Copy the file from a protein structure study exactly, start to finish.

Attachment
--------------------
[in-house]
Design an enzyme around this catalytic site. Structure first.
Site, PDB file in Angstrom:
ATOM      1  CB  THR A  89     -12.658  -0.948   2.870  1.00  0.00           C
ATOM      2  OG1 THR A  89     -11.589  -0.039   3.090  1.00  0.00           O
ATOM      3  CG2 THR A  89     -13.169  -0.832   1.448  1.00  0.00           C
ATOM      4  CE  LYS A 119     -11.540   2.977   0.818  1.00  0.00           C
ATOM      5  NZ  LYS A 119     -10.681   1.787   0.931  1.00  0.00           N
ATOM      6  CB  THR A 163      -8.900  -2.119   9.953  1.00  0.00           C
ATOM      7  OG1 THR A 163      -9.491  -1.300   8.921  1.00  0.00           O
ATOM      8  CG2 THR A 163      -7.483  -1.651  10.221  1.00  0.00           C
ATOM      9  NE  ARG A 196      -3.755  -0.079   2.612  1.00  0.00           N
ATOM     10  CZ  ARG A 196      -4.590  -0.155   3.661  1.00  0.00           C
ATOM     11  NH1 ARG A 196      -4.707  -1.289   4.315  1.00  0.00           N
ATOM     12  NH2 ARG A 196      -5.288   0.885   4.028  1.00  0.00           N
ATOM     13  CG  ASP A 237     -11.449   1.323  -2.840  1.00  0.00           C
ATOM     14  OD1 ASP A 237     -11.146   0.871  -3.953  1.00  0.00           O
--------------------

[in-house]
Design an enzyme around this catalytic site. Structure first.
Site, PDB file in Angstrom:
ATOM      1  CB  THR A  89     -12.658  -0.948   2.870  1.00  0.00           C
ATOM      2  OG1 THR A  89     -11.589  -0.039   3.090  1.00  0.00           O
ATOM      3  CG2 THR A  89     -13.169  -0.832   1.448  1.00  0.00           C
ATOM      4  CE  LYS A 119     -11.540   2.977   0.818  1.00  0.00           C
ATOM      5  NZ  LYS A 119     -10.681   1.787   0.931  1.00  0.00           N
ATOM      6  CB  THR A 163      -8.900  -2.119   9.953  1.00  0.00           C
ATOM      7  OG1 THR A 163      -9.491  -1.300   8.921  1.00  0.00           O
ATOM      8  CG2 THR A 163      -7.483  -1.651  10.221  1.00  0.00           C
ATOM      9  NE  ARG A 196      -3.755  -0.079   2.612  1.00  0.00           N
ATOM     10  CZ  ARG A 196      -4.590  -0.155   3.661  1.00  0.00           C
ATOM     11  NH1 ARG A 196      -4.707  -1.289   4.315  1.00  0.00           N
ATOM     12  NH2 ARG A 196      -5.288   0.885   4.028  1.00  0.00           N
ATOM     13  CG  ASP A 237     -11.449   1.323  -2.840  1.00  0.00           C
ATOM     14  OD1 ASP A 237     -11.146   0.871  -3.953  1.00  0.00           O